J: I’m not sure how to answer that question, because when I’m writing about LGBT characters, I’m not thinking about race. I’m usually thinking about what makes a character different. I think the core of a lot of the problems we have in this world, and especially in America, in terms of accepting one another is the differences, regardless of what race or gender we are. For me, I’m interested in characters who have some form of ‘otherness.’ I guess in political terms the word is intersectionality, but I don’t even know how to spell that word, much less how to use it!

But I like otherness. And in terms of otherness, it doesn’t even matter what—if we’re black or white or gay or straight. When we see that otherness in a person and we connect to them, it opens up our consciousness and our hearts. And that’s the part in us that destroys stereotypes. When you meet someone and experience their otherness, you see them as a human being. Like when you read stories about a Mexican in a white world or a lesbian in a straight world, or even worse in a straight male-dominated world, you start to learn what it’s like to be that person. When you experience a person’s otherness, you relate to them no matter how different they appear on the outside. That otherness is more important than anything else for me when it comes to writing characters.

I love that my main character is Armenian-Mexican, but her otherness is that she’s also gay. And her real otherness, her true otherness, is that she’s real, innocent, and incorruptible. And the girl that she falls for, and that falls for her, is a white cheerleader. But her otherness is this beautiful capacity to see through skin, class, and gender; she’s a beautiful girl because of her otherness.

So, more important than creating non-white, LGBT characters is if you can do it and still show this otherness. That really is what I’m going for when I write characters.

G: Is there anything out there—in film, television, or print media—who, for you, is getting it right in one way or another?

J: No.

G: Blunt answer, I like it! In what way?

J: Well, I have only myself to blame because I’m one of those artists that other people hate. I find artists, whether they be a filmmaker or a writer or a visual artist, hate this about me more than non-artists. I don’t keep up with what other people are doing, and I never have. They get really angry with me if I don’t know who a particular author is or filmmaker or painter.

I don’t keep up with what’s going on in the world because I am one of those artists who gets everything from within. I really do. I’m not saying that to be special. I don’t see any reason to look at tons and tons of stuff and then emulate or imitate it. Everything that I do is coming largely out of my imagination and experiences. Anything I truly need to know about makes its way to me because it’s meant to be and is often a synchronicity.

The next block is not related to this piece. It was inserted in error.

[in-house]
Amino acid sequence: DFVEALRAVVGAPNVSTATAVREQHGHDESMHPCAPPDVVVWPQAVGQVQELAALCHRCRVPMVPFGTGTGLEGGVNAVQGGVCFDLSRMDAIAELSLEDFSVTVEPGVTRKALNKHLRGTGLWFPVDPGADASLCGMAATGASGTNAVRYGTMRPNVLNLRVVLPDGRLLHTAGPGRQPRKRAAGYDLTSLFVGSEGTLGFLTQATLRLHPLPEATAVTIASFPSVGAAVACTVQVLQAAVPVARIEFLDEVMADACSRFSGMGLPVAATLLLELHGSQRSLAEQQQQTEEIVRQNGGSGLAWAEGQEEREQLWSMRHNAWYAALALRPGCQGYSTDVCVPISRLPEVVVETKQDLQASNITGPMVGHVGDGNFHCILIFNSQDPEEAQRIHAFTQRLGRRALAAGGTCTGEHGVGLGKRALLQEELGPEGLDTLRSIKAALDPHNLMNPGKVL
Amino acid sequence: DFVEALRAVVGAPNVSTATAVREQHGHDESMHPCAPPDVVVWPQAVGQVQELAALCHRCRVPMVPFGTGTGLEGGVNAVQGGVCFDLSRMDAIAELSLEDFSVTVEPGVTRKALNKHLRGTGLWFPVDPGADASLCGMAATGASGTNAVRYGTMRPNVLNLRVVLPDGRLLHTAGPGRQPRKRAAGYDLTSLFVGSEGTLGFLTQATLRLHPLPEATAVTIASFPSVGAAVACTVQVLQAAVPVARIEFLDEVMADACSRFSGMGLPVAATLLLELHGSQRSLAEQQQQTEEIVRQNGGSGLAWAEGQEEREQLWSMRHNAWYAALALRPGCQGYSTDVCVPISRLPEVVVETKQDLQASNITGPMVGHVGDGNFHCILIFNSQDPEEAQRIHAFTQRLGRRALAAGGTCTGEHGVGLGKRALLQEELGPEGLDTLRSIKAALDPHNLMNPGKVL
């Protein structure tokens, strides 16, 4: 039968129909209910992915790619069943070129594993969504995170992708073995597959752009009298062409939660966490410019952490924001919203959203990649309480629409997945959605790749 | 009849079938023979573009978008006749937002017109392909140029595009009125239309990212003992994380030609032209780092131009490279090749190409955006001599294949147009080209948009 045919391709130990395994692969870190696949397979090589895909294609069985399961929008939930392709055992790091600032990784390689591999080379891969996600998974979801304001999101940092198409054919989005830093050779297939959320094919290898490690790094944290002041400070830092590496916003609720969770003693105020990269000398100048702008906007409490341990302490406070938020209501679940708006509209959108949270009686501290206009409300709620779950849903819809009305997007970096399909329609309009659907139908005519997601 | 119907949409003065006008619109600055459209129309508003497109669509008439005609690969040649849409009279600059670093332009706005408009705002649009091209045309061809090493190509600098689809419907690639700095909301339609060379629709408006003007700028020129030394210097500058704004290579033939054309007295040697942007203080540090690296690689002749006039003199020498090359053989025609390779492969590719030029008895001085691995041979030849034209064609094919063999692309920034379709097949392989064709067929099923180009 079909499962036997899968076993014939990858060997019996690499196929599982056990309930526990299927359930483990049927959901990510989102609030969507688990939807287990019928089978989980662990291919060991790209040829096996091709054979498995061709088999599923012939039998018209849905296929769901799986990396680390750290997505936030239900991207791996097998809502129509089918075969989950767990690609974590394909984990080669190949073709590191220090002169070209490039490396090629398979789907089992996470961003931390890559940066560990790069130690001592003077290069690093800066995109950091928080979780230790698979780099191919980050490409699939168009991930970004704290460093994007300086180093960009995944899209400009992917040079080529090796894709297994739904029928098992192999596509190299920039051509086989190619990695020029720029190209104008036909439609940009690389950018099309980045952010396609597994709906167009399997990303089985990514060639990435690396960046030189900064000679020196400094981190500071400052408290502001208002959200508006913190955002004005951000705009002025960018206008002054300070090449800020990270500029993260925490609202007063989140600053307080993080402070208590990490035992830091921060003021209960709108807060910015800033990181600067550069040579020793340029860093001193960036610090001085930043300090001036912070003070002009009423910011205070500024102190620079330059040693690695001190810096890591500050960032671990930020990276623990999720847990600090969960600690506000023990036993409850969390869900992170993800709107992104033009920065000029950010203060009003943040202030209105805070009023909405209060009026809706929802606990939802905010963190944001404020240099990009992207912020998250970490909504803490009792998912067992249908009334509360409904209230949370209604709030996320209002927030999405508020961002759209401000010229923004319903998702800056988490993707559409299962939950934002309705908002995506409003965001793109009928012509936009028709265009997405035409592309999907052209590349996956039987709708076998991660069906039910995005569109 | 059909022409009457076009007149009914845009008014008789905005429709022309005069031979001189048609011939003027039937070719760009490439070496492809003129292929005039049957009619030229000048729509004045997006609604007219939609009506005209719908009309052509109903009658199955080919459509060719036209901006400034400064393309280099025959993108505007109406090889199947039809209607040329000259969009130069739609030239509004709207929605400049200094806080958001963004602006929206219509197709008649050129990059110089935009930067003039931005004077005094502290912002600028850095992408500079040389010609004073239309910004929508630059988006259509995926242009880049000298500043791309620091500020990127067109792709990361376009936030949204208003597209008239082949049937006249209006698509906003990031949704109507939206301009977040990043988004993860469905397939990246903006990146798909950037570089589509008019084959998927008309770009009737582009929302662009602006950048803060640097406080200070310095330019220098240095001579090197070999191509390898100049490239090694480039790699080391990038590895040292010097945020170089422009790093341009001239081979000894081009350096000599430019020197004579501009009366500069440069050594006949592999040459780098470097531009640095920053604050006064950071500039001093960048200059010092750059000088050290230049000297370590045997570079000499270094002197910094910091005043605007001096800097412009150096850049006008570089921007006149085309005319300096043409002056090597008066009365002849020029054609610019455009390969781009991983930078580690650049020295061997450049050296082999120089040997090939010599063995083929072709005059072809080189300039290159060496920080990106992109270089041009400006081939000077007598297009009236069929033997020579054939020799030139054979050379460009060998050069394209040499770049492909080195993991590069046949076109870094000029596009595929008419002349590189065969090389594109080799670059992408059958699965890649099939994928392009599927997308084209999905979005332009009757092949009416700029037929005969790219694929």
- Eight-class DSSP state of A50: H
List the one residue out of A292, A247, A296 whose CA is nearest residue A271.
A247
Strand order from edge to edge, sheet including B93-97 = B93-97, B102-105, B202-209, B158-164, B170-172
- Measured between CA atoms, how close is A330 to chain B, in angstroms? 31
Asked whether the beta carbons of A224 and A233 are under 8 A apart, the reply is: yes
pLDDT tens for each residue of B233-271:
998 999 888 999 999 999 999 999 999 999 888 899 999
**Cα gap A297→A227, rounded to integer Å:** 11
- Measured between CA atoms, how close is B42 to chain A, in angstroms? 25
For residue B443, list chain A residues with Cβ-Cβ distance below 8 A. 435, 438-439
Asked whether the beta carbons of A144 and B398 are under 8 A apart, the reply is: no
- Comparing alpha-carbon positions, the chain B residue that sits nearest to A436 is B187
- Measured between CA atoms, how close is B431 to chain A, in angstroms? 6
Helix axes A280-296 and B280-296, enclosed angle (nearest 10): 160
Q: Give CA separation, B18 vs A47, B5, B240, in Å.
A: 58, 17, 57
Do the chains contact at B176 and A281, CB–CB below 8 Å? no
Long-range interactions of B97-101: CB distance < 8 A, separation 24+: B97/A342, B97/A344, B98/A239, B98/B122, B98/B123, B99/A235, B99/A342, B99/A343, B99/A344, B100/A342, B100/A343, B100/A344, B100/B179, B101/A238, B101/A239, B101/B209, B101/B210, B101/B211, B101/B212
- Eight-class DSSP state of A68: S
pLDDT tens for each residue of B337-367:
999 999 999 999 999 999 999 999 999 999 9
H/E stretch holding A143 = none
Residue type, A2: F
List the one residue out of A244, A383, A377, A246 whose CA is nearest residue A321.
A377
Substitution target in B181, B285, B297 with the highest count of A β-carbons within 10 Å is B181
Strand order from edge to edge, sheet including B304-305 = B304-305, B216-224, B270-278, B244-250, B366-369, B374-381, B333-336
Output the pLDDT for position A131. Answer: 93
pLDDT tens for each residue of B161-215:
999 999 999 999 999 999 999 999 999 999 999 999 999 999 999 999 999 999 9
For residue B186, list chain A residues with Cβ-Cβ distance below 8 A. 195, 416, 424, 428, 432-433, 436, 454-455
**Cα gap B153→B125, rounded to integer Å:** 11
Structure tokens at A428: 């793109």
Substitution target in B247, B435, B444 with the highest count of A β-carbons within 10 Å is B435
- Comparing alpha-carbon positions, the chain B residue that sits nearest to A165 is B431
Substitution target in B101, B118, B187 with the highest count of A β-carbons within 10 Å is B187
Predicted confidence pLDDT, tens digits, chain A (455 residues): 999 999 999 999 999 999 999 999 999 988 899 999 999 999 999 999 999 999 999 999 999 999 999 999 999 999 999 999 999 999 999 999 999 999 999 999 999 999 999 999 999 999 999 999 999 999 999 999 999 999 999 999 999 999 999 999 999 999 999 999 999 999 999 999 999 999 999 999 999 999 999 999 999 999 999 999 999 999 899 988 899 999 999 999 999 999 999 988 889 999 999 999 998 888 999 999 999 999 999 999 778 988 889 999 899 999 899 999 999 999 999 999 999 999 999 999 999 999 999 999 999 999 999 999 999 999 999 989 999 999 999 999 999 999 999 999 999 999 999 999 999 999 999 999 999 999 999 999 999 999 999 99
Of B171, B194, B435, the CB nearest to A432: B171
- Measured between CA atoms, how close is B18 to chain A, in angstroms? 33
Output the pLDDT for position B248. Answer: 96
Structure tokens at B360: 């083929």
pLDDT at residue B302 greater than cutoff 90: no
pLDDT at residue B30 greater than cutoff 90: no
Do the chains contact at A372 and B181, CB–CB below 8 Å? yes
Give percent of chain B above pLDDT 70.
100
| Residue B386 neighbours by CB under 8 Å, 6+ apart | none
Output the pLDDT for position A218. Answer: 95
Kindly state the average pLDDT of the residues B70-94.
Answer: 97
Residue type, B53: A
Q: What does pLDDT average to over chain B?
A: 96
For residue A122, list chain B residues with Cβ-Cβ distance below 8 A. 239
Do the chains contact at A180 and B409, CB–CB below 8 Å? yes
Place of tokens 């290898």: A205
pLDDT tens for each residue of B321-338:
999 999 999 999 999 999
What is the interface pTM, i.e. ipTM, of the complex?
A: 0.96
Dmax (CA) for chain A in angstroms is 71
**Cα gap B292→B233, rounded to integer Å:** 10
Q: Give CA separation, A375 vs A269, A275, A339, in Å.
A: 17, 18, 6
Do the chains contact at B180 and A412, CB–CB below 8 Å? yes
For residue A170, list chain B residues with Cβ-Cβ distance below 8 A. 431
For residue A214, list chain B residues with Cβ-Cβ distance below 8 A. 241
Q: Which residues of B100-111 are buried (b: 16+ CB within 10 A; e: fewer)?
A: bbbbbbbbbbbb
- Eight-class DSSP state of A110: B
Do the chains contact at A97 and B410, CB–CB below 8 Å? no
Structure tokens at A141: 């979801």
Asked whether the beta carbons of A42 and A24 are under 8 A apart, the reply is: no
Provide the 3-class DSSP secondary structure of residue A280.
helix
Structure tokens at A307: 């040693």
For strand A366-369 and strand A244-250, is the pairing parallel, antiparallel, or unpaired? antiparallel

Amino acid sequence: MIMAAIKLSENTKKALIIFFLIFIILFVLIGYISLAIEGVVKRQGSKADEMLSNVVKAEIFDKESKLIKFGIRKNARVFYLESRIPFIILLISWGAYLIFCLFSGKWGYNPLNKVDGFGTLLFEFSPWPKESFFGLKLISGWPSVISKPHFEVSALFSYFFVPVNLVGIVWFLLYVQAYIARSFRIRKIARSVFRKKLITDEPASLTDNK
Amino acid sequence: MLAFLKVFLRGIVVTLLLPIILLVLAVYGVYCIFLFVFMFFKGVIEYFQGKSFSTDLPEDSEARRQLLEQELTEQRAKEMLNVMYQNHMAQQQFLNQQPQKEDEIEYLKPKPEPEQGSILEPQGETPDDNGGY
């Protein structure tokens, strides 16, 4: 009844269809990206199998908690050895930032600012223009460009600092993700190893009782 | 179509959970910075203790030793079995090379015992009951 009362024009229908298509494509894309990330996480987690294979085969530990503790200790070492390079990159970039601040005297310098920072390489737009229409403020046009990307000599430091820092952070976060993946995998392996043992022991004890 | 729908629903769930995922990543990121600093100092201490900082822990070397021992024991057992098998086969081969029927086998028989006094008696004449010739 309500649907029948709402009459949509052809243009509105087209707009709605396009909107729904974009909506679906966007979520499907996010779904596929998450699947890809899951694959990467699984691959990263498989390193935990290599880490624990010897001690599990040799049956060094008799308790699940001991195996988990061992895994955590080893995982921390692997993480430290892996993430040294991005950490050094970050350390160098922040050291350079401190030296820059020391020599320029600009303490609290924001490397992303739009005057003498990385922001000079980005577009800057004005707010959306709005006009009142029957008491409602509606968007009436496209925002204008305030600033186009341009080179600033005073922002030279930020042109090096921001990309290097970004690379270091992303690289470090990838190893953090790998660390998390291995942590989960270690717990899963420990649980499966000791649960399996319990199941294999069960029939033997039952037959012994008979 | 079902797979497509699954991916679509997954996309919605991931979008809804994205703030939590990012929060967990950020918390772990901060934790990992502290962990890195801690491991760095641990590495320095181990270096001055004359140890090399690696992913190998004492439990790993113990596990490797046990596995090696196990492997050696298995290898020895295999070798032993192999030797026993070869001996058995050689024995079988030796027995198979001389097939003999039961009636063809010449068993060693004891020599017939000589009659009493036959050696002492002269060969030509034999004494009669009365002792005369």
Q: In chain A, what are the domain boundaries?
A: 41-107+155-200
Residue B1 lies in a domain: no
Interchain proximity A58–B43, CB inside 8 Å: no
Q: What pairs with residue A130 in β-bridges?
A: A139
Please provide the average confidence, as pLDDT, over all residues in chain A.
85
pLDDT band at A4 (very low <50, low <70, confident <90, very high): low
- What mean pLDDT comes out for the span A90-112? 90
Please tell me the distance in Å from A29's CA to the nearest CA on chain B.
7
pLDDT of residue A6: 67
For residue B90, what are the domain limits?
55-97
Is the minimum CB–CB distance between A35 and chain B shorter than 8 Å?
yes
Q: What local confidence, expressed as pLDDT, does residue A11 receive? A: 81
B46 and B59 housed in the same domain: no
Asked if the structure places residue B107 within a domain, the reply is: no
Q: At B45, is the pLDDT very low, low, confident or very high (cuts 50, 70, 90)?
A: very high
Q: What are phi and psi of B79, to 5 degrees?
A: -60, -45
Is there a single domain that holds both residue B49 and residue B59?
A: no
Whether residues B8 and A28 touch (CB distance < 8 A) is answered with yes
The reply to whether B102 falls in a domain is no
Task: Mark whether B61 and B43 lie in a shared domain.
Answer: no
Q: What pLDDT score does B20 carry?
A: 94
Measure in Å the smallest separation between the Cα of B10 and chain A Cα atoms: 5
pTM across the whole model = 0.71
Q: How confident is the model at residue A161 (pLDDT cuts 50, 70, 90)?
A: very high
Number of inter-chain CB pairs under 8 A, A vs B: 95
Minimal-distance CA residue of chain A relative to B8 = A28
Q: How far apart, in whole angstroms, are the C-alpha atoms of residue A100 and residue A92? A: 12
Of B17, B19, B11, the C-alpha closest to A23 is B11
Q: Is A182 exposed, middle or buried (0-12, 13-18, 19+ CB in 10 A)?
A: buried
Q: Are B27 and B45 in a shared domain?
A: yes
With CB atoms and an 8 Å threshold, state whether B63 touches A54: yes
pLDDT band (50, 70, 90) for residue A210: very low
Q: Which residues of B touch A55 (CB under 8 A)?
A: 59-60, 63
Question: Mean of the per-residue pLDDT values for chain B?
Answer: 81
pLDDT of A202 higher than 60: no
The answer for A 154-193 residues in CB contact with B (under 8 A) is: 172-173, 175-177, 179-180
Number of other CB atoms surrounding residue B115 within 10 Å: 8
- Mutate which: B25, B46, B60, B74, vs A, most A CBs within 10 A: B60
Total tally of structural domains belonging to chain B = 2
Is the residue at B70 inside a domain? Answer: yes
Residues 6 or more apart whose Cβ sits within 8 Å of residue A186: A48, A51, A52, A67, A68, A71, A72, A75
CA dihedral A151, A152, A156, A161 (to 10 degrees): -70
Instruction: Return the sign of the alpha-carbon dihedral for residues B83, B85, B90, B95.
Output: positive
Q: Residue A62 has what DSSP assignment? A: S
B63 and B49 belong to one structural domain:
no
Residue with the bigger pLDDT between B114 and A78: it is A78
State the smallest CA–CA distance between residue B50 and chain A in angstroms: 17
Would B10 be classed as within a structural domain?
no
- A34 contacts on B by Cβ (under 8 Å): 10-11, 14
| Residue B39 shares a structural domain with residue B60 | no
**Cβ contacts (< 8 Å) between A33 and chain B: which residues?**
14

So, I really am to blame for not knowing what’s good out there. That’s why I answered ‘no.’

G: So, it’s really more ‘I don’t know,’ rather than just ‘no.’

J: Yes! More like I don’t know. But I have to say that we live in a super diverse world, and there’s no one size that fits all. There’s not one lesbian film that fits all lesbians. I made a film, and a lot of lesbians probably can’t relate to it, because my films tend to be art films, more European style. They’re not the stuff you see on TV or mainstream filmmaking.

The only way you can get it right is to get it right in your niche market. And if that niche market catches fire, then it becomes accessible to the mainstream and to more people, which is great.

I don’t want to spend time naming names or bagging other people’s work, but one thing no one is getting right in terms of lesbian films is that I’m offended when men make lesbian films or even dare to write a lesbian story. That is so offensive to me, and they should be ashamed. People can have a lot of arguments around it, and it’s true, an author, director or anyone talented can make anything brilliant. But I haven’t examined this enough to be able to describe how sick it makes me feel. It’s just so offensive.

G: Red as Blue touches on the very sensitive topic of school shootings, which seems more relevant now than ever. What led you in that direction and why do you think it’s important to tell this story in media for teens and young adults?

J: First, I want to say that I thought it was really eerie that the Florida MSD shooting happened right when I started promoting the book. That was strange because for the longest time, I wanted to talk about homicidal teens and high school shootings somehow, in some way, in storytelling.